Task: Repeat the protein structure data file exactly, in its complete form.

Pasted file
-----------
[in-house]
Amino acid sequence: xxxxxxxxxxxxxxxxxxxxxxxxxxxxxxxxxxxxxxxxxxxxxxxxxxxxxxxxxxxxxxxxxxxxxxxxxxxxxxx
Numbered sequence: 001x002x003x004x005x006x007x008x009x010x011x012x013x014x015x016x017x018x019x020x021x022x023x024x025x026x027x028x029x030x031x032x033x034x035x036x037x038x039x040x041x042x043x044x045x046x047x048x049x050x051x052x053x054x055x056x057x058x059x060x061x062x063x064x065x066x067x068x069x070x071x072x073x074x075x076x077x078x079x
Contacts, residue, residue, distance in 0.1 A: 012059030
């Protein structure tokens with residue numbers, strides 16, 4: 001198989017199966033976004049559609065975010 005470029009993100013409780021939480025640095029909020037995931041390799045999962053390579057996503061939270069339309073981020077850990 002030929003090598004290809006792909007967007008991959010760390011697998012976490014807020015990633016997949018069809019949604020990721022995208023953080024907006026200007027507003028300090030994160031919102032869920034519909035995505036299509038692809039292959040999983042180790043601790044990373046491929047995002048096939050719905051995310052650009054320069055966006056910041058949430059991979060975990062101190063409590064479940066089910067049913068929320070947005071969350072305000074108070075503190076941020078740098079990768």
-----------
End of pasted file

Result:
[in-house]
Amino acid sequence: xxxxxxxxxxxxxxxxxxxxxxxxxxxxxxxxxxxxxxxxxxxxxxxxxxxxxxxxxxxxxxxxxxxxxxxxxxxxxxx
Numbered sequence: 001x002x003x004x005x006x007x008x009x010x011x012x013x014x015x016x017x018x019x020x021x022x023x024x025x026x027x028x029x030x031x032x033x034x035x036x037x038x039x040x041x042x043x044x045x046x047x048x049x050x051x052x053x054x055x056x057x058x059x060x061x062x063x064x065x066x067x068x069x070x071x072x073x074x075x076x077x078x079x
Contacts, residue, residue, distance in 0.1 A: 012059030
């Protein structure tokens with residue numbers, strides 16, 4: 001198989017199966033976004049559609065975010 005470029009993100013409780021939480025640095029909020037995931041390799045999962053390579057996503061939270069339309073981020077850990 002030929003090598004290809006792909007967007008991959010760390011697998012976490014807020015990633016997949018069809019949604020990721022995208023953080024907006026200007027507003028300090030994160031919102032869920034519909035995505036299509038692809039292959040999983042180790043601790044990373046491929047995002048096939050719905051995310052650009054320069055966006056910041058949430059991979060975990062101190063409590064479940066089910067049913068929320070947005071969350072305000074108070075503190076941020078740098079990768």